I find Christmas villages enchanting, so this has been a fun week for me. So far, I’ve shared a Miniature Christmas Village and a Faux Gingerbread House. Today’s DIY Christmas Houses look like frosted confections, but believe it or not, the “frosting” is lightweight spackling! The cake decorating techniques are very basic, so don’t let that scare you away. These little Christmas Houses are adorable!
To make a Frosted Christmas House, you’ll need:
- STYROFOAM™ Brand Foam (for two houses):
- Three, 5” cubes
- Optional: 2” x 2” x 1” scrap for chimney
- Lightweight acrylic spackling, one quart
- Acrylic craft paint in cream
- Craft foam sheet in tan
- Optional: Small silk flowers
- Low-temp glue gun
- Tools needed: Scissors; scallop edge scissors; serrated knife; old candle or bar of soap; two disposable bowls or other containers; small putty knife; table knife or cake decorating spatula; pastry bag; cake decorating tips – drop flower point and round point; damp cloth; wax paper
To make a Frosted Christmas House:
1. Build the house:
- Wax the knife blade with a bar of soap or an old candle.
- Cut one cube in half diagonally. The two resulting triangles are the roofs.
- Slice ¾” from the bottom of each roof.
- Glue a ¾” foam slice onto the bottom of the two remaining cubes. These will be the houses.
- Glue a triangular roof onto each house.
2. From the tan craft foam, cut ten, 1” x 5” strips using the scallop edge scissors. Starting at the lower edge, glue five strips to each side of the roof, overlapping the strips as you go. It’s o.k. if there’s a gap at the top, as you’ll fill this in with icing.
3. Cut four (or more) ½” x 2” strips from the foamie sheet. These will be the shutters. Set aside till Step 7.
4. Optional: Trim a scrap of STYROFOAM Brand Foam to a 1” x 1¼” by 2” rectangle. Cut the bottom edge at a 45 º angle so that it fits snugly on the rooftop. Glue to roof.
5. In a disposable bowl, mix two cups of acrylic spackling with a drop or two of tan paint to create a creamy color. In a second container, mix two more cups of acrylic spackling with tan paint to make a caramel color. Mix the spackling thoroughly until it is smooth and free of any bumps or dried spackle crumbs that might clog your icing tip. Keep the bowls of spackling covered with a damp cloth when you’re not using them.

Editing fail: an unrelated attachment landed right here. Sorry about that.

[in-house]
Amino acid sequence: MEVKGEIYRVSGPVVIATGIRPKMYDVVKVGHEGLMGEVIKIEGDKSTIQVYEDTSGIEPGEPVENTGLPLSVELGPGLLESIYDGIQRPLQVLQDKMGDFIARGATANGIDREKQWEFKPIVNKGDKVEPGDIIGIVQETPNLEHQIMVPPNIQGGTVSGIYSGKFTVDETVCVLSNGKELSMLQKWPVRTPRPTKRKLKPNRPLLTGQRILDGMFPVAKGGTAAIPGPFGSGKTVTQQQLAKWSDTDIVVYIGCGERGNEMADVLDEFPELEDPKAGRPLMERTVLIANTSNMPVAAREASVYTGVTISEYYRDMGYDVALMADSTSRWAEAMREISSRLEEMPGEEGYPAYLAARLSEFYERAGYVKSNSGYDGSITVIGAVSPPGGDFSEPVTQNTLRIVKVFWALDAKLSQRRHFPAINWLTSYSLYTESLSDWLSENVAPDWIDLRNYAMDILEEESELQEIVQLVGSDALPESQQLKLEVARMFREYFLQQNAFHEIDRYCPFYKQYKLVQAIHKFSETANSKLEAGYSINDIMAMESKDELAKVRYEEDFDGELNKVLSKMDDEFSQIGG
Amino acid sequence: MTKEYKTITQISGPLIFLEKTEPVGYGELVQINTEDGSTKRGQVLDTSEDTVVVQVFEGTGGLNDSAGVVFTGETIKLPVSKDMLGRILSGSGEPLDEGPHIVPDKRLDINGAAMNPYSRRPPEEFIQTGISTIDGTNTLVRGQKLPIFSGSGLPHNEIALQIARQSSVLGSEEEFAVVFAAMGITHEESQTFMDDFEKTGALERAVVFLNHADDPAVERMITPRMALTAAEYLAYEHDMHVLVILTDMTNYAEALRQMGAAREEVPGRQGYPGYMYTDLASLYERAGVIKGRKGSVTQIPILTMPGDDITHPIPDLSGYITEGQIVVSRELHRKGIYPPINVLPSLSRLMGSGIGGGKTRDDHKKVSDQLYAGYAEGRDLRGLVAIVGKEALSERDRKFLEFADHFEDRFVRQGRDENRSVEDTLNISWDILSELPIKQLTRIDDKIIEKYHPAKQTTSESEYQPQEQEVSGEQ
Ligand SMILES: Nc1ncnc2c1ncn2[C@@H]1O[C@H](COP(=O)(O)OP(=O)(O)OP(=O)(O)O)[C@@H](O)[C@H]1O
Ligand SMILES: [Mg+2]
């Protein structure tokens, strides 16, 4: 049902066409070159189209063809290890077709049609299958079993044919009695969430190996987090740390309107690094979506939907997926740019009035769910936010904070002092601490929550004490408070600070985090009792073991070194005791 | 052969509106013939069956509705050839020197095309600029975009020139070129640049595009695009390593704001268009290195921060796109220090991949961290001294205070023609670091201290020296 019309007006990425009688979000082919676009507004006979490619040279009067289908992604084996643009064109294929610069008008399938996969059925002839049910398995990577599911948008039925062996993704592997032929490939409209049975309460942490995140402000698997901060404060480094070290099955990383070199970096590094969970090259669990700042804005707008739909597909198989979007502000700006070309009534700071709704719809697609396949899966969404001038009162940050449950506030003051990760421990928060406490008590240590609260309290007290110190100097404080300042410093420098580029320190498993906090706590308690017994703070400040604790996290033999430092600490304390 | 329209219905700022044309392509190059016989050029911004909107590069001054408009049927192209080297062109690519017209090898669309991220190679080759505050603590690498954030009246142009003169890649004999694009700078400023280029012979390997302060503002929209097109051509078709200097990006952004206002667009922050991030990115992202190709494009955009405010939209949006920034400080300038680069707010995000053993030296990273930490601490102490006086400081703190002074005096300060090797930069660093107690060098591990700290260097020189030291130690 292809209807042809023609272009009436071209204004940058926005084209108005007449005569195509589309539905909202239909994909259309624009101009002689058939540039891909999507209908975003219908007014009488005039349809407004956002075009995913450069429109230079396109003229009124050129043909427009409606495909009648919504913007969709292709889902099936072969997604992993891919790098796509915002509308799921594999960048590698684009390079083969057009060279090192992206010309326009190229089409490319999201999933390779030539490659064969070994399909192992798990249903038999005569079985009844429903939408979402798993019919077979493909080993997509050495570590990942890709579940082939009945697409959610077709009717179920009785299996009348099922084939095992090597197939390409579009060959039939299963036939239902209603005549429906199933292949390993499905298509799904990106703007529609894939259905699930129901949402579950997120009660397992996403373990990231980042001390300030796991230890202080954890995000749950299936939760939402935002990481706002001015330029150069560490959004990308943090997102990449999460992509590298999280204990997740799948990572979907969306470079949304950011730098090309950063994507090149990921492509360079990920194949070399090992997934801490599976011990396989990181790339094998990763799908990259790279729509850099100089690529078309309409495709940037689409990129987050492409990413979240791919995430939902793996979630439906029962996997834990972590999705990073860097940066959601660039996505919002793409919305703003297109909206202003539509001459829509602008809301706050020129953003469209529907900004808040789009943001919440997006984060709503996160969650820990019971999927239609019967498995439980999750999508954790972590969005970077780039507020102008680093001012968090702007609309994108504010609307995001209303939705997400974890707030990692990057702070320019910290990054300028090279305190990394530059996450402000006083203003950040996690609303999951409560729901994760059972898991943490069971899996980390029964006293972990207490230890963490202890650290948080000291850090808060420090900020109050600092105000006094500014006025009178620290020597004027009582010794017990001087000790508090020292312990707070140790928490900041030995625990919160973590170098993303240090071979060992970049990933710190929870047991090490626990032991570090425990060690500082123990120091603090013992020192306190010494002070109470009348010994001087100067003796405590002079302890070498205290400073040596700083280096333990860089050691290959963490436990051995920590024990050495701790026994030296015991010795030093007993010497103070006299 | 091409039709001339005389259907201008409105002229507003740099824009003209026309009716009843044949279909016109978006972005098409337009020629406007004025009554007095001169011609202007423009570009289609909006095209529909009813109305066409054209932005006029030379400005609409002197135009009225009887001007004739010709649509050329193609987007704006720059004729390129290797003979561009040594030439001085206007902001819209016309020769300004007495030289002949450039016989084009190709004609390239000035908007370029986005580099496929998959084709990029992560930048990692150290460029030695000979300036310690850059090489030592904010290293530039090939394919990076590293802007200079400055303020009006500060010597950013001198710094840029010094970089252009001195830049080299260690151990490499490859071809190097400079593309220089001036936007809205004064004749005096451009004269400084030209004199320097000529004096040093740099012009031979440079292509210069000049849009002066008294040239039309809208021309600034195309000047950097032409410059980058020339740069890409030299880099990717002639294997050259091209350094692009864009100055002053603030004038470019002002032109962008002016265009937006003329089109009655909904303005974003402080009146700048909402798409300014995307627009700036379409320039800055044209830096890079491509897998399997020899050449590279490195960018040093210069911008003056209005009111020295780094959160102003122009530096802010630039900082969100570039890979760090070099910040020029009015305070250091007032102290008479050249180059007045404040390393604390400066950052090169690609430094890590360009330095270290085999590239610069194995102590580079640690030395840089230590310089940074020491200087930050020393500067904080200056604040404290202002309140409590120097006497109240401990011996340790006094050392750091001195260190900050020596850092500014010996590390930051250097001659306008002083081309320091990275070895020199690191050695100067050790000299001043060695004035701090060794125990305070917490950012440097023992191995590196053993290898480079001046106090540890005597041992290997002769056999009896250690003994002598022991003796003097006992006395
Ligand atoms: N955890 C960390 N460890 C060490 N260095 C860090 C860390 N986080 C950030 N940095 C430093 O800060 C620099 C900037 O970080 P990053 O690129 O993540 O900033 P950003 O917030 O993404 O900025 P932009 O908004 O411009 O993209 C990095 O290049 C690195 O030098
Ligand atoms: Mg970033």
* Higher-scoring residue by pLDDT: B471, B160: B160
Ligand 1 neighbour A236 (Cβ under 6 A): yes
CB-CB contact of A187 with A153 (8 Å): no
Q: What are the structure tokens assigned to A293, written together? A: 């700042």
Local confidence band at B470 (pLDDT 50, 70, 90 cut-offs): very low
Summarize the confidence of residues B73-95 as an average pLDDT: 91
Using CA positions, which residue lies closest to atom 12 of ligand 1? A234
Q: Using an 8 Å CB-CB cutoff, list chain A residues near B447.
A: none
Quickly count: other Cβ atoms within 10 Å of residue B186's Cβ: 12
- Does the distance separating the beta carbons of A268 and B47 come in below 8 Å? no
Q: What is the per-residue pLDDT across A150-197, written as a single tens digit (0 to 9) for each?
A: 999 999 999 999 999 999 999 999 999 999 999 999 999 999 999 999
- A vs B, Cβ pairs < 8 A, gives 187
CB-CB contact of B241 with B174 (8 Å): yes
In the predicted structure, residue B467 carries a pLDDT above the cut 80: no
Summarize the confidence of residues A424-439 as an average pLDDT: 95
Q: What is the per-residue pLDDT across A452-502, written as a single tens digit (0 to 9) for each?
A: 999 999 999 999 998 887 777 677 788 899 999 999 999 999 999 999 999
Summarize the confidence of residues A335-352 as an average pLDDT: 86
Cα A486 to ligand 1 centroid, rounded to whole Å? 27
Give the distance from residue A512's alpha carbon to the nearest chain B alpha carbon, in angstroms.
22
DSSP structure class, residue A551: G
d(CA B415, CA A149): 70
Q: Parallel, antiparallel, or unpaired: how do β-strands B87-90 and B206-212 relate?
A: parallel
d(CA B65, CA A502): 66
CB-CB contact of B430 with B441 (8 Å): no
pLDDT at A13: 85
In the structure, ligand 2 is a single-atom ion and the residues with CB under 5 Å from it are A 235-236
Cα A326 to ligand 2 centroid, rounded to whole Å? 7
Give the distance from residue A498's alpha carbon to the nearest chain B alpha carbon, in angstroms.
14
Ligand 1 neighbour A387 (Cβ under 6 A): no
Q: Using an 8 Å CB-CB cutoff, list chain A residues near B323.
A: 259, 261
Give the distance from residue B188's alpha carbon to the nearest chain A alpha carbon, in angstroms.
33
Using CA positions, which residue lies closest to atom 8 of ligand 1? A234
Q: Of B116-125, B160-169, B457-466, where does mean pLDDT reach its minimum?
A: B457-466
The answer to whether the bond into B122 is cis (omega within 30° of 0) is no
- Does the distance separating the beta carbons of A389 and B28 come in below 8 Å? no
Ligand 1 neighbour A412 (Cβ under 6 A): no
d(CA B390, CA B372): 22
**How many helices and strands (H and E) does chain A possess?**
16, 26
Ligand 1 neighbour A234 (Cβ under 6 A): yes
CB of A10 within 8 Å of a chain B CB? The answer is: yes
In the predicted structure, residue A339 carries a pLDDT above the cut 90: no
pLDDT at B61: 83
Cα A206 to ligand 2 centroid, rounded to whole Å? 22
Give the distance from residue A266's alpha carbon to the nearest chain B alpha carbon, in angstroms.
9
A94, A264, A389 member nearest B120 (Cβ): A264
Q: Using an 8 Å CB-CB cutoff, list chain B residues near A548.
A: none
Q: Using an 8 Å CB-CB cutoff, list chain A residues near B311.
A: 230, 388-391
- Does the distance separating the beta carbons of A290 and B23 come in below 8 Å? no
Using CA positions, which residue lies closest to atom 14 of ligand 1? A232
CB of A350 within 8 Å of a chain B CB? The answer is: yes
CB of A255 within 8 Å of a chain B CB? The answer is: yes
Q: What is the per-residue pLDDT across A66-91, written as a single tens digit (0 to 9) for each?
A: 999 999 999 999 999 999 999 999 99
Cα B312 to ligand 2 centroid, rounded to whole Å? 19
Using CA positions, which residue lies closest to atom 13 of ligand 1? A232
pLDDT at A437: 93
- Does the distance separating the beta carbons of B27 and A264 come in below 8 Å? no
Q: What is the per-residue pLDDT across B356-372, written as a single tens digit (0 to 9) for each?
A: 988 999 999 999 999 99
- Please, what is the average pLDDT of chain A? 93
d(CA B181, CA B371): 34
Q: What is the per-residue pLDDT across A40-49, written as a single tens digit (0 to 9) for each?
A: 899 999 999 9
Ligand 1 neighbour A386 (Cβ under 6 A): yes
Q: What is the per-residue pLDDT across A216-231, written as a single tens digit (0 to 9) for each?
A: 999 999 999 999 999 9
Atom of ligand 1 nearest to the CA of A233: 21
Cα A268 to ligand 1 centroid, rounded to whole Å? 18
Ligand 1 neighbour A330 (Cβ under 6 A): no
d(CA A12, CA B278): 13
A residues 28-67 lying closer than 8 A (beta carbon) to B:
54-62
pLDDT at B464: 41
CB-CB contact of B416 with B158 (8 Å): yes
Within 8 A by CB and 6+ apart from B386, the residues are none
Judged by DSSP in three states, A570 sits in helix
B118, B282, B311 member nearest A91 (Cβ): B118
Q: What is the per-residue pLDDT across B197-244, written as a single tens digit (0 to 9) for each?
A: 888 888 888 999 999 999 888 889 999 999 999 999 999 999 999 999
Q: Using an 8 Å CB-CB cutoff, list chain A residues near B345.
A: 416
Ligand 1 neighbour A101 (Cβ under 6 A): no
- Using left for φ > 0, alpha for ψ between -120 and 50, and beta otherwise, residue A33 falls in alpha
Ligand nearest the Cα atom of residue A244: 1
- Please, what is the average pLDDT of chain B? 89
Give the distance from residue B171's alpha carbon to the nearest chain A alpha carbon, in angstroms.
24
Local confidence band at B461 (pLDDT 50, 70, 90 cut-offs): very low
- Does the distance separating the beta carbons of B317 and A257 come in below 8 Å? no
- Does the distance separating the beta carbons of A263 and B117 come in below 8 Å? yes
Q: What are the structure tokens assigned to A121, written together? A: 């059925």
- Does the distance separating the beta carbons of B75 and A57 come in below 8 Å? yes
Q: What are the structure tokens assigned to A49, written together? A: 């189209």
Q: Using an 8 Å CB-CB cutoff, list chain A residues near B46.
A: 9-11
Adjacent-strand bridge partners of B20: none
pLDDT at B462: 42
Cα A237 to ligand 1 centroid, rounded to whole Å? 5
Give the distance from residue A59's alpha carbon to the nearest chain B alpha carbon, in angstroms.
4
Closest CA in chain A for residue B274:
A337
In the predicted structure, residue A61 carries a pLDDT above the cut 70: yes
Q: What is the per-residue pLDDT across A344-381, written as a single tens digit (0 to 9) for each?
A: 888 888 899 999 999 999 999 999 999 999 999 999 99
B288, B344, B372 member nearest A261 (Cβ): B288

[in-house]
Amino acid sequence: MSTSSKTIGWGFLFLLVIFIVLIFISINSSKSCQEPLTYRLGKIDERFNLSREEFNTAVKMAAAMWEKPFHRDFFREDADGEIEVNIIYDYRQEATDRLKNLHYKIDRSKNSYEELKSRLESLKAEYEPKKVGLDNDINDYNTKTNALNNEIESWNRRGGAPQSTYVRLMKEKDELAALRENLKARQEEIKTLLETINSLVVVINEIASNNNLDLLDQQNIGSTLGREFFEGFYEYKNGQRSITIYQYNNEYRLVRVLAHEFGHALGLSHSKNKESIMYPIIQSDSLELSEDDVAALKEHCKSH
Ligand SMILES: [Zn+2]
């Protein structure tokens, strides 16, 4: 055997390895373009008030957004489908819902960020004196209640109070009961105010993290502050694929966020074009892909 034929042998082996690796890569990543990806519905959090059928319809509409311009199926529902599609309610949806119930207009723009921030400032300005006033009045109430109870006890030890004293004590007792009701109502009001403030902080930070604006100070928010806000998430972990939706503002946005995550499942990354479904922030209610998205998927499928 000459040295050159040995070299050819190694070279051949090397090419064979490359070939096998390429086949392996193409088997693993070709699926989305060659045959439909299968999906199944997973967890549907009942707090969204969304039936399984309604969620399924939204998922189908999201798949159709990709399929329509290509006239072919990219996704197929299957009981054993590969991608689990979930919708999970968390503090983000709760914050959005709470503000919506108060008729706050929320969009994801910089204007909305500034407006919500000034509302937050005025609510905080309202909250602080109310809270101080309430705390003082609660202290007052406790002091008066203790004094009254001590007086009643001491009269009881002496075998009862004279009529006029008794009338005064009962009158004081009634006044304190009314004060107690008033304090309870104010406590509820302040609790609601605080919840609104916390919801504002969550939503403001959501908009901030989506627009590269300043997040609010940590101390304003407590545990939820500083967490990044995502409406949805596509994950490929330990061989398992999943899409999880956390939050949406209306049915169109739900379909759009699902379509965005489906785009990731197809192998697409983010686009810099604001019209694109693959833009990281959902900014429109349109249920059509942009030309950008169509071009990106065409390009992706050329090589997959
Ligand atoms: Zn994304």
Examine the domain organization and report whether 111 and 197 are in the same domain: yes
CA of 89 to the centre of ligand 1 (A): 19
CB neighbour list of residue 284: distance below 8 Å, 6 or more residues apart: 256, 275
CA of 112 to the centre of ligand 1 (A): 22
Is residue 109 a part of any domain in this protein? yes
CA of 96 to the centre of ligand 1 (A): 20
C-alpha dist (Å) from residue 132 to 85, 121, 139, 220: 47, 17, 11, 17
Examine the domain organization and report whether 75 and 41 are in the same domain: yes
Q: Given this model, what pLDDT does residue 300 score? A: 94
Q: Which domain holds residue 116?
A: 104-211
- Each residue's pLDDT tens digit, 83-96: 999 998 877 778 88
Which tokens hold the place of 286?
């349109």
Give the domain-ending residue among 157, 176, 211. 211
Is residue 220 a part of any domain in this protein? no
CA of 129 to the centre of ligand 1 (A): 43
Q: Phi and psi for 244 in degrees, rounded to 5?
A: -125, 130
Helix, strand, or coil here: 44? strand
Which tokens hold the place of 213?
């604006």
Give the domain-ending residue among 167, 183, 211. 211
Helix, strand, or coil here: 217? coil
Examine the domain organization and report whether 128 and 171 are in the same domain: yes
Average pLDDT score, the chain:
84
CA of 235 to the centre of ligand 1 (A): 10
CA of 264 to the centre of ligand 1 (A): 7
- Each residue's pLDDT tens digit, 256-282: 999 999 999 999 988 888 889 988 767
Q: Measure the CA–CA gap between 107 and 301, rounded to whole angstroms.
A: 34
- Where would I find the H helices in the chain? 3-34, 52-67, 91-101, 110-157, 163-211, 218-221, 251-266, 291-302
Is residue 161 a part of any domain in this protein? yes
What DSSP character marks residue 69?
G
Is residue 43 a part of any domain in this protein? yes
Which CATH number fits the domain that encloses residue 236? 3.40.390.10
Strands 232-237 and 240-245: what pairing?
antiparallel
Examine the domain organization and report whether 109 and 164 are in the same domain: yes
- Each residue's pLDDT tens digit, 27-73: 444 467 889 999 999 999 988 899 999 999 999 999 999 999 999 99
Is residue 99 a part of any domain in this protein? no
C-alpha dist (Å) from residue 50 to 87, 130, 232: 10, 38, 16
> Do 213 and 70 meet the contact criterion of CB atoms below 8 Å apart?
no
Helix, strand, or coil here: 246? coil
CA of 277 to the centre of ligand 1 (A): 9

6. Working on wax paper, decorate your houses:
- Using a small putty knife, apply the caramel colored icing to the window and door areas.
- Using the flat end of the putty knife, create a straight outline around the doors and windows, scraping off the excess “icing”.
- Ice the rest of the house with the cream colored spackle. Don’t worry about slight imperfections along the edges and around the doors and windows as these will be covered with decorative piping.
- Using a table knife, fill the icing bags (it’s no different from filling them with frosting).
- If the spackling doesn’t pipe out easily, mix in a few drops of water.
- Using caramel colored icing and a drop flower icing tip, pipe decorative edging around the doors, windows and edges of the houses.
- Pipe a row of drop flowers at the bottom sides, and at the corners of the doors and windows.
- Add a heart shape to the front of the house.
- Pipe on small polka dots.
- Create curtains in the windows.
- Decorate around the chimney.
- Add your own flourishes!
7. Add shutters (cut in Step 3) by pressing them into the icing next to the windows.
8. Examine your house to see if there are any areas requiring a little extra decorative icing, such as around the windows.
9. Optional: Insert silk flowers into the wet spackling along the base of each house.
Change up the colors like Kathleen George did and you can create a Gingerbread Village instead. And these little houses light up!
Do you collect miniatures, or have a Christmas Village?